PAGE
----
Popeye Field watched the news that day both fearful and transfixed as a U.S. soldier was dragged like a dead dog through the dust of Mogadishu by jubilant Somalis.
Was that Tom? His Tom?
"I can tell my son's face, and his arms," said Field, his voice still thick with heartbreak since the death of the 25-year-old Army sergeant from Lisbon, Me. "My two sons and myself was all looking. Right now, I couldn't tell you for sure."
On Oct. 3, Tom Field was among the U.S. Army Rangers hunting the underlings of Mohammed Farah Aidid who were plunged into a bloody urban battle that left 18 U.S. servicemen dead, 78 wounded and 300 or more Somalis killed.
The awful events of that day changed everything.
The death toll was terrible enough, but one single, sickening sight--a still photograph of a mutilated dead soldier, tied with rope before a jeering crowd--chilled many who had continued to think charitably about the United States' purpose in Somalia.
Only four days later, President Clinton announced troops would withdraw from their mercy mission within six months, by March 31, 1994.
The withdrawal was not the fruit of victory; Somalia remained in deadly disarray. Instead, it was inspired in great part by the revulsion of the American people when they saw the humiliating spectacle made of that one slain soldier.
And, still, who he was remains unknown.
Which mother had kissed that face, or which wife that mouth with its crooked teeth? Who once felt warm in those arms?
Of the 18 men killed by Aidid's supporters, five were reported missing until the Somalis returned their remains.
"They were the only ones that could have been in that photograph," said Navy Cmdr. Joe Gradisher, a Pentagon spokesman assigned to field questions about Somalia.
Was he Sgt. Thomas Field, a skilled mechanic from a family of stock car racers whose father felt uneasy about his choice of an Army career?
Was he Staff Sgt. William Cleveland, 34, whose military heritage dated back to a soldier who died fighting on the Union side in the Civil War, and whose ambition since childhood was a life in uniform, like his father?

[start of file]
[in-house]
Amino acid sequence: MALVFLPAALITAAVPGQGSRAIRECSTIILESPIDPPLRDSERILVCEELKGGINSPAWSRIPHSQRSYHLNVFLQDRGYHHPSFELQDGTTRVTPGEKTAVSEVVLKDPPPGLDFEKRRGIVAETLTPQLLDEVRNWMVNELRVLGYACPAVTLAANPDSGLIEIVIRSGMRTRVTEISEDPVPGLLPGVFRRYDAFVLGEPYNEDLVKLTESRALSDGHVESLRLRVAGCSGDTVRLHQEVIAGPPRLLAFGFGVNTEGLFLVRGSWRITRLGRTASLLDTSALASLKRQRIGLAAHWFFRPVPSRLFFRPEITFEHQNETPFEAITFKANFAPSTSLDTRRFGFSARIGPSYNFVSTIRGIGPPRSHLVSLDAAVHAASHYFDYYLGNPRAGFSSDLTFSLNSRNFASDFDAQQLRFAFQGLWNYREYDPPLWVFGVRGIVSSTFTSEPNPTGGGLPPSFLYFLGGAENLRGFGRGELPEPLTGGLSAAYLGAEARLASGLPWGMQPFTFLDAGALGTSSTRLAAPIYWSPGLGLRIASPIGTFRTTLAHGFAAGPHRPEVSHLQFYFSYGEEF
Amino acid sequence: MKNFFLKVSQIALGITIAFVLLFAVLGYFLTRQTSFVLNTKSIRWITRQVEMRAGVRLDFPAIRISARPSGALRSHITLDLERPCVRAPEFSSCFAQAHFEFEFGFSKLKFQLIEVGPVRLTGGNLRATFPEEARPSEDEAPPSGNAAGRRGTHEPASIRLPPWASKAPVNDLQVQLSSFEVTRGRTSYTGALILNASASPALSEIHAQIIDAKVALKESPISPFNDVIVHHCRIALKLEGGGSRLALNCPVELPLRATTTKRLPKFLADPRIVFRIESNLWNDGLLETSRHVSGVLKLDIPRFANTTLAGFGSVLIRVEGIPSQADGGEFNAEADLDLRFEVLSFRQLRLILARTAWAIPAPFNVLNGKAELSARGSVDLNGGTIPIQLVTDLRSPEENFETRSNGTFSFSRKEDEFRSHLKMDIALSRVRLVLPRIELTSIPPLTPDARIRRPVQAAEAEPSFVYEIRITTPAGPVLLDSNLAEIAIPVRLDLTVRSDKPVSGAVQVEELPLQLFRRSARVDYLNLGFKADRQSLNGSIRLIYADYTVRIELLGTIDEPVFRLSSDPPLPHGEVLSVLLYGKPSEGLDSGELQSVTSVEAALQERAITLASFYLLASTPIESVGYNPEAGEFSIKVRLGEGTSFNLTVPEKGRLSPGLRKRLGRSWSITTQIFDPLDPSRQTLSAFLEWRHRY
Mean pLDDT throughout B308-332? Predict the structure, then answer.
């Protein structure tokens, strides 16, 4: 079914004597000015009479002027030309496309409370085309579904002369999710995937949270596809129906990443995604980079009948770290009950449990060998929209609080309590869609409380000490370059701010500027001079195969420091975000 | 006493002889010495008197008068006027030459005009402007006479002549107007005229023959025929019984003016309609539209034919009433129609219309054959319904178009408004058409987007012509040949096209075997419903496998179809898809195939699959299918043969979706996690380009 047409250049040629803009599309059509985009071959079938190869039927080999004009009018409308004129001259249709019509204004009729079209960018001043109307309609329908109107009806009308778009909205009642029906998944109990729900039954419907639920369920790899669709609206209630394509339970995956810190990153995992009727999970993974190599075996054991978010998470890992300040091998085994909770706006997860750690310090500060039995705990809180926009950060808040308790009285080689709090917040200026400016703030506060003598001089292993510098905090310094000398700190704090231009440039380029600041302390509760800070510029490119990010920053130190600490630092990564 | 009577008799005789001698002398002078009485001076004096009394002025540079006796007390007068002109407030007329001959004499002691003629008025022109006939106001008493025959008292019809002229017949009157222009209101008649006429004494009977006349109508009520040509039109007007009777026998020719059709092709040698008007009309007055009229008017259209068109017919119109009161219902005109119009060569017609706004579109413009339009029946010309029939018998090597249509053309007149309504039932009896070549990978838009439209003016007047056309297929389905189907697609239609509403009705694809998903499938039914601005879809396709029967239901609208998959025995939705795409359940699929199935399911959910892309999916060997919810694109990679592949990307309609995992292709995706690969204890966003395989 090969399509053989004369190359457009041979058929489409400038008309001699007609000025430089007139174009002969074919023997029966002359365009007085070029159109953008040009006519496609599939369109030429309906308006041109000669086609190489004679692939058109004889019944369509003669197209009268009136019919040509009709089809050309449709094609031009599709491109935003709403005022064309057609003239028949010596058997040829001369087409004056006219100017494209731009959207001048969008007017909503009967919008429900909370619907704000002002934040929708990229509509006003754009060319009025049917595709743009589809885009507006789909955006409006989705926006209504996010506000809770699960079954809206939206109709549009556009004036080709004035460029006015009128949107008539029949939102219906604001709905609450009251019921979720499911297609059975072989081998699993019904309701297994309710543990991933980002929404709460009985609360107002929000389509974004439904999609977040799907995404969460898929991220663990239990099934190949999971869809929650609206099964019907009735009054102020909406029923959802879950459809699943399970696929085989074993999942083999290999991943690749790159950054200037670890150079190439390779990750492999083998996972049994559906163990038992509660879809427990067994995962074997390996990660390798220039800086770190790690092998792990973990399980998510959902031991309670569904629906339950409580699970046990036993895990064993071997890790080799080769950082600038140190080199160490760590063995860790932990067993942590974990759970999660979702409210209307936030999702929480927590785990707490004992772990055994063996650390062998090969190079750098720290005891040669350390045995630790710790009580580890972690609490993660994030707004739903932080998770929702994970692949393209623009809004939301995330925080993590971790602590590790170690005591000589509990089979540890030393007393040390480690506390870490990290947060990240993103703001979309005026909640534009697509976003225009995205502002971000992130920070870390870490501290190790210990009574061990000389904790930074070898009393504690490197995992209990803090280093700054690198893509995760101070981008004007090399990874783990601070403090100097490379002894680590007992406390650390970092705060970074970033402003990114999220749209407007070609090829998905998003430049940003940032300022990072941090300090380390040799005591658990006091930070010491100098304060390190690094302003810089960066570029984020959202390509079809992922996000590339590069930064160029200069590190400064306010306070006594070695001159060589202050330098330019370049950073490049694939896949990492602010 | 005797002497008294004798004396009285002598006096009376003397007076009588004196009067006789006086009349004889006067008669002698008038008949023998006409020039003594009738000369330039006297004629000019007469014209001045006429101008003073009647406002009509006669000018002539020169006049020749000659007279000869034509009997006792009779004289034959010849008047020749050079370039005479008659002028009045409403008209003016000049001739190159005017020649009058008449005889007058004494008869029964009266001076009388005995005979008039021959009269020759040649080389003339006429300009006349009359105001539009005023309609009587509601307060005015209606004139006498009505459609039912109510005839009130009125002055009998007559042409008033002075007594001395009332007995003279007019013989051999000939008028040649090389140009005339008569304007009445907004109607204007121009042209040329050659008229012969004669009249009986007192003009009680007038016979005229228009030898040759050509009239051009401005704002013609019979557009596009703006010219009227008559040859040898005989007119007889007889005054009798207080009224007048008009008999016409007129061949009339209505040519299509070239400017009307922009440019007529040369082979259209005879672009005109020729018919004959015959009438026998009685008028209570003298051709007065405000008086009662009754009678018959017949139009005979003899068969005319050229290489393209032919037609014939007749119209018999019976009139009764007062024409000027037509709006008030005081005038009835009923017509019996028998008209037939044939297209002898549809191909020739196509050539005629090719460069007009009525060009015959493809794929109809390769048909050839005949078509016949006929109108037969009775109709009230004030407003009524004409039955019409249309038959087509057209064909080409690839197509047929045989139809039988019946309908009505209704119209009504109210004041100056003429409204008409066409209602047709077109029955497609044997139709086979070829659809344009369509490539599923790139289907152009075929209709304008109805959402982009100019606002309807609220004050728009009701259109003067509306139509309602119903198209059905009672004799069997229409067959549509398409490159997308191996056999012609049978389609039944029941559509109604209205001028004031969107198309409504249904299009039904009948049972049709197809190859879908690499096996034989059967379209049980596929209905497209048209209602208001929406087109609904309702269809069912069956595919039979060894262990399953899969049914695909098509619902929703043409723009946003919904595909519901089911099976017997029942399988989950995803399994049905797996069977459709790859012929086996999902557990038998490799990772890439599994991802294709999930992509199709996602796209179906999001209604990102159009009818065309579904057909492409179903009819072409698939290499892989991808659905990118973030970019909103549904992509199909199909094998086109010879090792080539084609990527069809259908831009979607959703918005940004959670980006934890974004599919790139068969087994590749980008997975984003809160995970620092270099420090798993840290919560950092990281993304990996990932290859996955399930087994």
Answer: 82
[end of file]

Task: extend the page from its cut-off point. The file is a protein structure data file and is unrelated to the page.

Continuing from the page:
Was he Chief Warrant Officer Raymond Frank, 45, a pilot for 27 years who dearly loved flying?
Was he Sgt. 1st Class Randall Shughart, a 35-year-old from Newville, Pa., who so loved the military that he made his wife, Stephanie, promise never to ask him to quit?
Or was he Master Sgt. Gary Gordon, 33, whose funeral in Lincoln, Me., the papermaking town he left 15 years ago, drew hundreds of mourners?
The Pentagon's position is this: Naming the man in the picture serves no purpose, and would only pain those who loved and lost him.
"They were American soldiers," Gradisher said. "That in itself is jarring enough. You don't need an individual's name to express horror at the treatment of the bodies."
Gradisher said he did not know if the Pentagon had even identified the soldier in that indelible photograph--taken by Toronto Star reporter Paul Watson and distributed worldwide by the Associated Press--or other bodies shown in television footage.
The AP's effort to determine their identities required calls to relatives and others who knew the 18 men before the list could be narrowed to the five, whose names the Pentagon then confirmed.
Most of those reached were these five soldiers' parents; widows had moved, had newly unlisted numbers or took refuge behind the shields military families learn to erect.
And some, who did not want to be quoted, said it was better to leave the grieving alone.
Nada Morford, the mother of William David Cleveland Jr., felt that way at first.
She knew her son's stepmother had told a Virginia newspaper she recognized David as the man in the AP photograph, but Morford immediately protested, saying it was not her son. "I want him to rest in peace and let him go," she said then.
But Morford had only glanced at the picture in the newspaper weeks before, and the question gnawed at her. She went to the town library to make photocopies of pictures in a Time magazine article. And then she asked a reporter for the AP photograph.
She swallowed tears as she described how she pored over the pictures, how she found contours that seemed so familiar, but not enough for her to say with certainty the soldier in the photograph was her son.
"My son had black eyebrows and eyelashes," Morford said. "He"--the soldier--"had light hair, black eyebrows." But then, she said, she noticed that the legs and feet resembled David's.
"I would hate to say this is positively my son, and have it be somebody else's," she said from her trailer home in Peoria, Ariz. Then, she began to cry.
In Clarksville, Tenn., Willi Frank thought she spotted her husband immediately in television footage. But even then, of the bodies she saw, she wasn't really sure which might be Ray Frank's.